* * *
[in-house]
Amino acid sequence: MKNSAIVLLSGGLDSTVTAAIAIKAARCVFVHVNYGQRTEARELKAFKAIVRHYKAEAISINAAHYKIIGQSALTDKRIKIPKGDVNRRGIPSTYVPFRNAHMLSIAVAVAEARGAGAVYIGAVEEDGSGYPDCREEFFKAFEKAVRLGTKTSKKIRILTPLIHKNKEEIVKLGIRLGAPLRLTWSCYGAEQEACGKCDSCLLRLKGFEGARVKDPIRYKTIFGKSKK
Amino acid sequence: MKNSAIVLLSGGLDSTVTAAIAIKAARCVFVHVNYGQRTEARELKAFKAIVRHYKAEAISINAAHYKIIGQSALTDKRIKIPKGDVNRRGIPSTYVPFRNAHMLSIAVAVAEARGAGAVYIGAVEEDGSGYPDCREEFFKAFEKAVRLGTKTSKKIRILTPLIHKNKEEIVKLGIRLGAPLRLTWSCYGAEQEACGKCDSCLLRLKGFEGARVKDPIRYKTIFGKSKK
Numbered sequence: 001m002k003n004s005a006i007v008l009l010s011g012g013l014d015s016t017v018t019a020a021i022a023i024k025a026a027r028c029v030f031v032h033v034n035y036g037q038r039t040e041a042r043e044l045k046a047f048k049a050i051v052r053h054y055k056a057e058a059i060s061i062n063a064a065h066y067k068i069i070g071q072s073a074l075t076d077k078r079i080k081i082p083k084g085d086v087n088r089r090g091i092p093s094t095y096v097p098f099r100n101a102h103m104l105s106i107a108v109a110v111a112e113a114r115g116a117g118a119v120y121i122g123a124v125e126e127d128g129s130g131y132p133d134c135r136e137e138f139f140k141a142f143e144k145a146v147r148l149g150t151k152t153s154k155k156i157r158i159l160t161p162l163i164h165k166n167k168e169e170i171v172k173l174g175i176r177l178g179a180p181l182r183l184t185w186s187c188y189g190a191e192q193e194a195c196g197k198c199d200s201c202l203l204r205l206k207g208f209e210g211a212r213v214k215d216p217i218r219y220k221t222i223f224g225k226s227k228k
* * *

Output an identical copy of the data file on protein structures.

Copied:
[in-house]
Amino acid sequence: MKNSAIVLLSGGLDSTVTAAIAIKAARCVFVHVNYGQRTEARELKAFKAIVRHYKAEAISINAAHYKIIGQSALTDKRIKIPKGDVNRRGIPSTYVPFRNAHMLSIAVAVAEARGAGAVYIGAVEEDGSGYPDCREEFFKAFEKAVRLGTKTSKKIRILTPLIHKNKEEIVKLGIRLGAPLRLTWSCYGAEQEACGKCDSCLLRLKGFEGARVKDPIRYKTIFGKSKK
Amino acid sequence: MKNSAIVLLSGGLDSTVTAAIAIKAARCVFVHVNYGQRTEARELKAFKAIVRHYKAEAISINAAHYKIIGQSALTDKRIKIPKGDVNRRGIPSTYVPFRNAHMLSIAVAVAEARGAGAVYIGAVEEDGSGYPDCREEFFKAFEKAVRLGTKTSKKIRILTPLIHKNKEEIVKLGIRLGAPLRLTWSCYGAEQEACGKCDSCLLRLKGFEGARVKDPIRYKTIFGKSKK
Numbered sequence: 001m002k003n004s005a006i007v008l009l010s011g012g013l014d015s016t017v018t019a020a021i022a023i024k025a026a027r028c029v030f031v032h033v034n035y036g037q038r039t040e041a042r043e044l045k046a047f048k049a050i051v052r053h054y055k056a057e058a059i060s061i062n063a064a065h066y067k068i069i070g071q072s073a074l075t076d077k078r079i080k081i082p083k084g085d086v087n088r089r090g091i092p093s094t095y096v097p098f099r100n101a102h103m104l105s106i107a108v109a110v111a112e113a114r115g116a117g118a119v120y121i122g123a124v125e126e127d128g129s130g131y132p133d134c135r136e137e138f139f140k141a142f143e144k145a146v147r148l149g150t151k152t153s154k155k156i157r158i159l160t161p162l163i164h165k166n167k168e169e170i171v172k173l174g175i176r177l178g179a180p181l182r183l184t185w186s187c188y189g190a191e192q193e194a195c196g197k198c199d200s201c202l203l204r205l206k207g208f209e210g211a212r213v214k215d216p217i218r219y220k221t222i223f224g225k226s227k228k